So much sassafras, New York Times

by hexacoto


Image taken from New York Time’s A Viewer’s Guide to the N.Y.C Mayoral Candidates

The New York Time’s coverage of New York’s mayoral elections is surprisingly… sassy. They’ve summarised each candidate by categories such as by their boldest idea pitched or their biggest blunder so far. Take a look at the some of the cheek the Times has put into describing each candidate.

Boldest idea

Weiner: Single-payer, universal health care in New York City.
De Blasio: Universal prekindergarten, paid for by a tax on those earning more than $500,000.
Albanese: Variable toll prices on bridges, based on hour of the day and availability of mass transit.
Quinn: Building 80,000 new units of affordable housing.
Liu: Raising the minimum wage to $11.50 an hour.
Salgado: Creating a city-issued identification card for undocumented immigrants.
Thompson Jr.: Hiring 2,000 new police officers.
Lhota: Transferring control of bridges and tunnels from the M.T.A. to city government.
McDonald: Get the city to buy from local suppliers.
Catsimatidis: Bringing the World’s Fair back to New York.
Carrion Jr: Giving parents online access to student academic and disciplinary records.

Biggest blunder

Weiner: Where to begin?
De Blasio: Keeping a campaign staff member who sympathized with a killer of four people and cursed at the Police Department on Twitter.
Albanese: Hasn’t committed it yet, but we are watching.
Quinn: Opposing family-friendly paid sick-leave legislation until its backers outmaneuvered her. Can women forget that?
Liu: Incessantly reminding voters of the scandal surrounding his campaign.
Salgado: We’ll tell you once candidate forums start allowing him on stage.
Thompson Jr.: “No new tax” pledge may be impossible to keep. (See police officers, 2,000 new.)
Lhota: Calling Bloomberg an “idiot” in earshot of a reporter.
McDonald: Scaring off donors by breaking campaign finance rules.
Catsimatidis: Hmm. His plan to give bullies their own school?
Carrion Jr: Failure to persuade Republican leaders to let him on their ballot.

What you will find endearing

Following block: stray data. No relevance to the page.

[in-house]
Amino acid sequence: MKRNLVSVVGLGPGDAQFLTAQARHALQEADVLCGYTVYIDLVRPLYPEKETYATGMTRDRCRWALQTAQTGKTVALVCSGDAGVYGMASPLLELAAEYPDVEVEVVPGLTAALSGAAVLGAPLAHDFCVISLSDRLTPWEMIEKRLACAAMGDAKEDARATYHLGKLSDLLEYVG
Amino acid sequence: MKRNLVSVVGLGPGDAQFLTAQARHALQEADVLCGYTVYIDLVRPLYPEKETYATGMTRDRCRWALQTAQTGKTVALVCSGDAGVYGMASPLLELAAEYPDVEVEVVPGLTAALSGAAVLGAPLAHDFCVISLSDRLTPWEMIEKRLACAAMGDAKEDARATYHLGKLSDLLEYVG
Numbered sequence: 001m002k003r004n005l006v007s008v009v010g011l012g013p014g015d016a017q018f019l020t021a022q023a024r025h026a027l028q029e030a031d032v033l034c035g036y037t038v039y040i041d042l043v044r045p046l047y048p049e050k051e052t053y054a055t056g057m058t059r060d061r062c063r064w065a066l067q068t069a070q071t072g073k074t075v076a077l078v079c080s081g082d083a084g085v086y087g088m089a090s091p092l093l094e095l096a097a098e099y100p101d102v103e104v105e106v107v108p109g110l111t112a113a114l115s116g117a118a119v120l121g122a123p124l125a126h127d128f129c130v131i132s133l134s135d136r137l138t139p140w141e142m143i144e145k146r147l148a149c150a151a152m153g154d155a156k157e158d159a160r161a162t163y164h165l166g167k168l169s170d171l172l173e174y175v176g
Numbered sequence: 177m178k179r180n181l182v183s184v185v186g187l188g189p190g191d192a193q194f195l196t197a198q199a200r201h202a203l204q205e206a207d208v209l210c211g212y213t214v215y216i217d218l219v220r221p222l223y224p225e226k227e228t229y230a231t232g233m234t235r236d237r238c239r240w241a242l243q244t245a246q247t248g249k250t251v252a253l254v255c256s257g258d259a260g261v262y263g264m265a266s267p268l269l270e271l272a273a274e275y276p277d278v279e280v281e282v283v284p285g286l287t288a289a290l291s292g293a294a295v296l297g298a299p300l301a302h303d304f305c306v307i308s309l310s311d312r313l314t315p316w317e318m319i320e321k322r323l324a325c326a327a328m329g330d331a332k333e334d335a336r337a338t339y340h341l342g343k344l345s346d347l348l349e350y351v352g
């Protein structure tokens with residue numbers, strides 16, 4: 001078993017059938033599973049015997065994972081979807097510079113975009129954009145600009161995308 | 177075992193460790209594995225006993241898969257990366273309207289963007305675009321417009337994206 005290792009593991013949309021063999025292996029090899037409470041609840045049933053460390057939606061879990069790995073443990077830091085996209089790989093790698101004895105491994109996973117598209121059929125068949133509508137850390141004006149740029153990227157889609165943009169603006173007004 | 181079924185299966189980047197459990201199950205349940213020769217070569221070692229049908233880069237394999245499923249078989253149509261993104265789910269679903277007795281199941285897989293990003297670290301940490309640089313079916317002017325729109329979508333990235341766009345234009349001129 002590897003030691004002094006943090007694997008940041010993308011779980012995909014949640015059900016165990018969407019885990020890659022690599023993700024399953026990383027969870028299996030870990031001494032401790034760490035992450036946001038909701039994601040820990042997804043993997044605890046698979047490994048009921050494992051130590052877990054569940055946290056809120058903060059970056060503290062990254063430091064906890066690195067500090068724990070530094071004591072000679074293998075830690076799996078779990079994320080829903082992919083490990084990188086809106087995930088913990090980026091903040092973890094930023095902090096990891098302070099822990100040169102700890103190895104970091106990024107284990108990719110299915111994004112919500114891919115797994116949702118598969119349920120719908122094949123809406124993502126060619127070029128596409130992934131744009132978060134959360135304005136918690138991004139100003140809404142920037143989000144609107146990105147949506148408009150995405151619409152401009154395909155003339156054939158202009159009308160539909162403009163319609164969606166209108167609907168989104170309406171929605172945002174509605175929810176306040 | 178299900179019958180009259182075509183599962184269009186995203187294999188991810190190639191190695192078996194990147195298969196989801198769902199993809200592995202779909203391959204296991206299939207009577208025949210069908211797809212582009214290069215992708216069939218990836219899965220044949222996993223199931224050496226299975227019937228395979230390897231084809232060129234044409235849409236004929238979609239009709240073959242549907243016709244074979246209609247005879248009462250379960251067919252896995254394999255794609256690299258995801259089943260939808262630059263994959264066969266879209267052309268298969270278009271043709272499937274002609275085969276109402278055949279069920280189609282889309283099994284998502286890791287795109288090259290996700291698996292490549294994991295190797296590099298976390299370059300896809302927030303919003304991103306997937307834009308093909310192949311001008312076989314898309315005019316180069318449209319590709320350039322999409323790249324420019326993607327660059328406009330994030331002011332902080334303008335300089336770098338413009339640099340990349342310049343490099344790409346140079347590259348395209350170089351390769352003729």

Weiner: The candor of a man with nothing left to lose.
De Blasio: His son’s epic Afro.
Albanese: Refuses to take donations from lobbyists or developers.
Quinn: Having a lesbian with that accent in Gracie Mansion.
Liu: His brothers are all named after a Kennedy.
Salgado: Ends conversations with “God bless you.”
Thompson Jr.: His earnest attempts at Yiddish.
Lhota: Tipsy posts on Twitter, like this one: “Oops! Yankees 10 (not 18), Sox 3 (too much wine).”
McDonald: The story of the Doe Fund, his nonprofit job-training organization.
Catsimatidis: His tendency to tear up at any moment, Boehner-style.
Carrion Jr: A fluency in Spanish now missing from City Hall.

What will grate on you

Weiner: Four months of penis puns in The New York Post.
De Blasio: Occasionally lapses into liberal-activist speak.
Albanese: Sometimes holier-than-thou claims of independence.
Quinn: That wall-piercing laugh. Just wait for it.
Liu: Populism that can border on pandering.
Salgado: Depending on perspective, the intermingling of faith and politics.
Thompson Jr.: Does he ask a lot of rhetorical questions? Yes, he does.
Lhota: Mr. Giuliani’s return to the campaign trail.
McDonald: The candor of a first-time candidate. Asked about Asian businesses, he praised his local masseur for cheap relaxation.
Catsimatidis: Mangled syntax.
Carrion Jr: Dull debate performances.

Relationship with Bloomberg

Weiner: Antagonistic.
De Blasio: Chilly.
Albanese: Nonexistent.
Quinn: It’s complicated.
Liu: Outright hostile.
Salgado: Once stood next to him for a photograph.
Thompson Jr.: As variable as the weather.
Lhota: Technocratic kinship.
McDonald: Philanthropic. The mayor donates to his charity.
Catsimatidis: Billionaire neighbors.
Carrion Jr.: Cordial.

Nightmare scenario

Weiner: TMZ tracks down that sixth woman.
De Blasio: Anthony D. Weiner enters the race.
Albanese: Finishing last.
Quinn: Becoming another Bella Abzug, who was the race’s undisputed star in 1977 but squandered her commanding lead.
Liu: Taking the stand in the trial of his former campaign treasurer.
Salgado: Mr. Sharpton leaves MSNBC and runs for mayor (again).
Thompson Jr.: Black voters defect to another liberal, like Bill de Blasio, whose wife is black.
Lhota: New Yorkers fall in love with John Catsimatidis.
McDonald: Will be forced to give back thousands in campaign contributions.
Catsimatidis: Major food poisoning outbreak is traced back to Gristedes.
Carrion Jr.: Latino Democrats somehow hear about Mr. Salgado.

Bottom line

Weiner: Mayoral campaigning as group therapy.
De Blasio: With the right campaign, he can squeak into the runoff.
Albanese: His best shot was probably in 1997.
Quinn: She is the front-runner. Until she isn’t.
Liu: Long hours on the trail will only take him so far.
Salgado: Pray for him.
Thompson Jr.: Expect a late surge to put him in the runoff. (His rivals do.)
Lhota: Long-shot Republicans have a knack for becoming mayor in this city.
McDonald: If lightning strikes.
Catsimatidis: It will, at the very least, be entertaining.
Carrion Jr.: He is a Republican nominee’s dream — unlikely to win, but certain to lure away Democratic voters.